34es (EN: Tritotetartes, GR: Τριτοτέταρτες, meaning third/fourth-rate girls) is a post-punk, post-internet, post-avant-garde queer collective from Greece. Formed in 2014 by three “second-rate” friends from childhood, Katerina Ralli, Konstantinos Foukis and Theodoros Pouletidis were all raised in the small town of Katerini near Thessaloniki, Greece. The 34es project consists of multiple personas invading social media with human avatars, reptilians, mermaids and other creatures; each persona aspires to consume and reproduce the current cultural landscape’s trend for the multi-dimensional aspect of every field: multimedia, multidisciplinary, multi-conceptual, live art, sometimes opera, sometimes soap-opera, sometimes live-art-soap-opera-multi-extravaganza! 34es addresses issues of non-conformity, comfort, community, normativity, trash ♥, drag, religion, gender-bending, likes, youtubing, haters, fashion, lifestyle, western medicine, conspiracy theories, “it doesn’t sell unless it’s #sexy #masculine #fit #peace”, live your myth in Greece.
Performances include: Athens’ Sound acts festival (2015, 2016), various queer venues and underground clubs in Thessaloniki, Athens and London.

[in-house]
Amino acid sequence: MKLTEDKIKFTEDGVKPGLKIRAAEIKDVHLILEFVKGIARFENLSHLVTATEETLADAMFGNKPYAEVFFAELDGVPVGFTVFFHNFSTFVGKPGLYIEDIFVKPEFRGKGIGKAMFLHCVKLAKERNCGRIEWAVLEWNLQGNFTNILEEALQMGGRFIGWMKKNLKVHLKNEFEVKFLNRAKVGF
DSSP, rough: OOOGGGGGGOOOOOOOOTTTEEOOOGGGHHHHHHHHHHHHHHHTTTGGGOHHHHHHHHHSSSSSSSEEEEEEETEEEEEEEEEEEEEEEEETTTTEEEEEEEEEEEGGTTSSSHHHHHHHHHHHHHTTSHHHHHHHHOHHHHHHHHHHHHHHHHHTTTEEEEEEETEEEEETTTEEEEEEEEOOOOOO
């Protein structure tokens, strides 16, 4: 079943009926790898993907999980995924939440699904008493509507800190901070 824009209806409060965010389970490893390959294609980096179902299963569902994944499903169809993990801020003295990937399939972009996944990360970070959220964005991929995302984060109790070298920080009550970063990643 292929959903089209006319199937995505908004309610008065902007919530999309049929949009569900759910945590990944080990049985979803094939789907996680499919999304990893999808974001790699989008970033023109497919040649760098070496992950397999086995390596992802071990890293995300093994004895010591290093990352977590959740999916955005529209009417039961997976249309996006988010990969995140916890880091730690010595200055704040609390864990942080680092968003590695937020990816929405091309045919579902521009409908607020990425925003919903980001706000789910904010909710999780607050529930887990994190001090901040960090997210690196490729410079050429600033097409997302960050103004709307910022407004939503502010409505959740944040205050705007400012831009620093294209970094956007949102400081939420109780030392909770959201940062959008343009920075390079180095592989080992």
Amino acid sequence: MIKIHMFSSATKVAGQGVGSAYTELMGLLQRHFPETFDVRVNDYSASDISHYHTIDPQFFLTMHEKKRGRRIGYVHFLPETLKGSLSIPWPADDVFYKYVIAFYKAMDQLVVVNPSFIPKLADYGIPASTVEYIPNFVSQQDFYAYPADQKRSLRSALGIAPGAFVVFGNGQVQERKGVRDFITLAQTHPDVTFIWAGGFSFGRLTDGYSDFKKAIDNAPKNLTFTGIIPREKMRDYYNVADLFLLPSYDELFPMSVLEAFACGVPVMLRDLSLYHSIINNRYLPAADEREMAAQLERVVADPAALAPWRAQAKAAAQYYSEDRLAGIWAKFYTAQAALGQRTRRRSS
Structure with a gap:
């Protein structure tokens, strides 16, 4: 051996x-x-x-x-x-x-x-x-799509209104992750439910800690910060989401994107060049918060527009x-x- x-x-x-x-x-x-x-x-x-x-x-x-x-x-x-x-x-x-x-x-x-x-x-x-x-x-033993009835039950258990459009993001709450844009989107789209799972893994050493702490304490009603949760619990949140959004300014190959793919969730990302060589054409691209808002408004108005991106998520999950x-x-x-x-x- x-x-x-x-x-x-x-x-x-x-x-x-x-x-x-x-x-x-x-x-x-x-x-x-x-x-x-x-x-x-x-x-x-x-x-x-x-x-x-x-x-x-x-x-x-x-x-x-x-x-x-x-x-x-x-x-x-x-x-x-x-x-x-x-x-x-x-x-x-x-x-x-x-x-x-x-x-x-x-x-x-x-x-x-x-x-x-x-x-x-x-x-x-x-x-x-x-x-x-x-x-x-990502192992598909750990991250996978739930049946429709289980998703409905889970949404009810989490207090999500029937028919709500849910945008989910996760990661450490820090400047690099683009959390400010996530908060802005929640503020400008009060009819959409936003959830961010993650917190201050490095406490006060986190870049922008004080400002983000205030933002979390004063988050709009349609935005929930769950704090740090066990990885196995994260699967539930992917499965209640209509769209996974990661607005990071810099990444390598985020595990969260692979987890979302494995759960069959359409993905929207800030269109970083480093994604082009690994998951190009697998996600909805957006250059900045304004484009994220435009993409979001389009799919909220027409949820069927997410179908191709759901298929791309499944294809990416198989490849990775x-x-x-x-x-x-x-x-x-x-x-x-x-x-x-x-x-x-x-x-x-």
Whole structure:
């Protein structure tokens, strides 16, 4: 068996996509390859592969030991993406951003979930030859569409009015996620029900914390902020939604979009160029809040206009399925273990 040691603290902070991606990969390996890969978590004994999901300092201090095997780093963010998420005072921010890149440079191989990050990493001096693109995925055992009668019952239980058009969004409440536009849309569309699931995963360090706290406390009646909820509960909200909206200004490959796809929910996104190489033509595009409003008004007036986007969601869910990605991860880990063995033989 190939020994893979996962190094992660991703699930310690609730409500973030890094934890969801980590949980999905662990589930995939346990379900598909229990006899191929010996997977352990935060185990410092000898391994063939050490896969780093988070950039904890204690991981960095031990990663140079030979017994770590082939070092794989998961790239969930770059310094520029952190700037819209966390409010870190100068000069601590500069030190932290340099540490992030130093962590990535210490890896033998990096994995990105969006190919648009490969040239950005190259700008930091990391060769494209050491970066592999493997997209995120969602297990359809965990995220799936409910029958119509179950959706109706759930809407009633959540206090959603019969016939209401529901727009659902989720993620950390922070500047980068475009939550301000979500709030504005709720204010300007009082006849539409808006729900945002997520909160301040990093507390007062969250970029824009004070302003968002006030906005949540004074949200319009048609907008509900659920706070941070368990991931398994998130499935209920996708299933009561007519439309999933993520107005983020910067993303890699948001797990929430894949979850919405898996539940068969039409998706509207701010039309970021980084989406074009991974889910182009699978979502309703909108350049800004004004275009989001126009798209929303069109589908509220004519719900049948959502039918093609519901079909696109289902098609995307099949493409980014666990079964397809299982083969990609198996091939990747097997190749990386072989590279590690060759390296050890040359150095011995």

Chara Kolaiti (performing: Anna Goula)
Since 2007, Chara Kolaiti has been performing her alter-ego Anna Goula, whose name pronounced in Greek means “Nausea”, “queesiness” or “the urge to vomit”. By performing Anna Goula, the artist employs the tropes of pop and trash culture to expose current Greek politics and how the media industry exploits and perpetuates stereotypes of femininity and sexuality in a way that promotes both nationalism and sexism. When the videos were first launched on youtube, they immediately became viral (more than half a million views in a matter of days) and sensationalised. The artist was inundated with requests for press and TV interviews. The media were unable to read the subversive quality of the fictional persona Anna Goula and sought to consume what appeared to be a sexy, emancipated and powerful heterosexual uber-feminine image that would feed into their existing cultural hubris.
Performances and exhibitions include: “No Food’s Land”, 17th Biennale of young artists from Europe and the Mediterranean (2015, Milan), Athens’s Queer Festival, Embros Theatre (2014, Athens), “Untouchable – The musical”, curated by Franko B, Mori+Stein Gallery at Flying Dutchman (2013, London).
You can watch some of her most popular videos on YOUTUBE:
“Ta Pinw Ola” [I Drink it All] https://youtu.be/TcInOaBRPNQ
“Eime Arrosti” [I’m Sick] https://youtu.be/XlC_BvuMGTs